The new board got two coats of undercoat black (see below), a darkish brow/black house hold matt paint we (as in the family) had inherited after moving in to the new house. It was the leftover paint for a wall that was top of the list to paint another colour. I had silently spied out this colour for a' wargame' use a long time ago and now Maitland this was your time, sorry getting a little carried away.

The forlorn, but useful hexagaons are stacked in a quiet corner (see below): 

This was also the perfect opportunity while the black/brown under coat was drying to seal up the edges of the hexagons a brownish colour, I had noticed an annoyingly small amount of white showing through in the original set-up (see below, hexagons left to dry over night): 

Then a trail run. Do they fit? There is a slight overhang to the left but I can live with that (see below):

Next: Sticking it down "again" (or should I say "hopefully stuck down and staying down this time")

Monday, 11 March 2013

Battalion Attack: Fire and Movement - Board Part III

The "battalion attack" battle board Hexagon story continued ...

The basic green with a little flock was covered with a "sprayed" PVA and the hexagon bases were permanently (or what I thought would be permanently) attached to the card with a [OK fairly cheap, low cost] "glue gun" melting long "gun sticks" which was all pretty cool stuff to use (see below for the reasonable end result, as in I could turn the board upside down and nothing fell off):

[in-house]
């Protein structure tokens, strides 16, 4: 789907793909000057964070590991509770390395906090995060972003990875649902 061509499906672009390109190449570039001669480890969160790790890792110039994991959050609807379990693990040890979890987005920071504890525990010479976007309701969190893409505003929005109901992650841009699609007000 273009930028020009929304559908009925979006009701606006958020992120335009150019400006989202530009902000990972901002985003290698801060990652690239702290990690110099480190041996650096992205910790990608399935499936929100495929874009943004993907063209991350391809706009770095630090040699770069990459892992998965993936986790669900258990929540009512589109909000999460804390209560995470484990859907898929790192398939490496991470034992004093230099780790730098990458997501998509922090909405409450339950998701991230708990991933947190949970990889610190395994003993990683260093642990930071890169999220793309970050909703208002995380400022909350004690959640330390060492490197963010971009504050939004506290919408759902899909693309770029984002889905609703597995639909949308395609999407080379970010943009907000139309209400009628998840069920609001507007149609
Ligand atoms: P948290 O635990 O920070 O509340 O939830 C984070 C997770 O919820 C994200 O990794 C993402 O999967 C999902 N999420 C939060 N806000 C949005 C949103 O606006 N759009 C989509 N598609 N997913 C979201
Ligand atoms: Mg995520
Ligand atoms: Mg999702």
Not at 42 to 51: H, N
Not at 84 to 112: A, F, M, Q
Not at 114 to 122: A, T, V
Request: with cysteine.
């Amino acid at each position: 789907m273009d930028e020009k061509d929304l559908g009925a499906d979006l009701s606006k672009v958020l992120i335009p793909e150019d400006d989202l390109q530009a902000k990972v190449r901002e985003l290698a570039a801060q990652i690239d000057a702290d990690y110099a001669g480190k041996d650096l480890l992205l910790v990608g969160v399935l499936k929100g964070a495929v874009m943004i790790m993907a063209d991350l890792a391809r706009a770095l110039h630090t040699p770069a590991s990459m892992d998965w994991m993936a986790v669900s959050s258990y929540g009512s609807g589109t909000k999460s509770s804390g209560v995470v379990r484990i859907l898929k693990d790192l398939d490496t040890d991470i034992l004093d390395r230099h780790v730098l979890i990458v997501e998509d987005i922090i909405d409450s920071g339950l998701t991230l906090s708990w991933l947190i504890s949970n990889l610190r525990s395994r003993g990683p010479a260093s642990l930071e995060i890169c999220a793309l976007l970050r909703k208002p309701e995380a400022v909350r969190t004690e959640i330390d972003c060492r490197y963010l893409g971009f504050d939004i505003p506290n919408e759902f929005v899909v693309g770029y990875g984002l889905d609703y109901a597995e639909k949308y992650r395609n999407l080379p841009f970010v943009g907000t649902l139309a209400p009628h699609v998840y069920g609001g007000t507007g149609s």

Note: The 'sophisticated PVA dispenser" was an ex-household cleaner product (now empty) bottle salvaged from the recycle bin for an honourable "second life" as a wargaming scenery making tool. Hexagons firmly affixed to said board, I then turned my attention to the gaps between the hexagons and for no better reason than "I could" and "I fancied a go" I filled in the brown again, painting out any bits showing obvious 'white' card (see below for the result):

I have to confess, I then got the "FLOCK IT" urge as I found a jar of brown scenery "pebbles" and proceeded to scattered them all over a newly added wet PVA surface (again using said PVA dispenser (see below, you can tell "I was in the scenery zone"):

In my rummage through "old half used tins of DIY products I was not going to use any more" I came across a tin marked 'sealant' (of sorts) and thought it would be a fitting end to an adventurous night to apply this. The coverage was good, though it was a little on the smelly side, so I was sure glad that I was doing it in the garage and not in the family home. With a sense of anticipation I left it overnight to dry (see below, still in its wet state):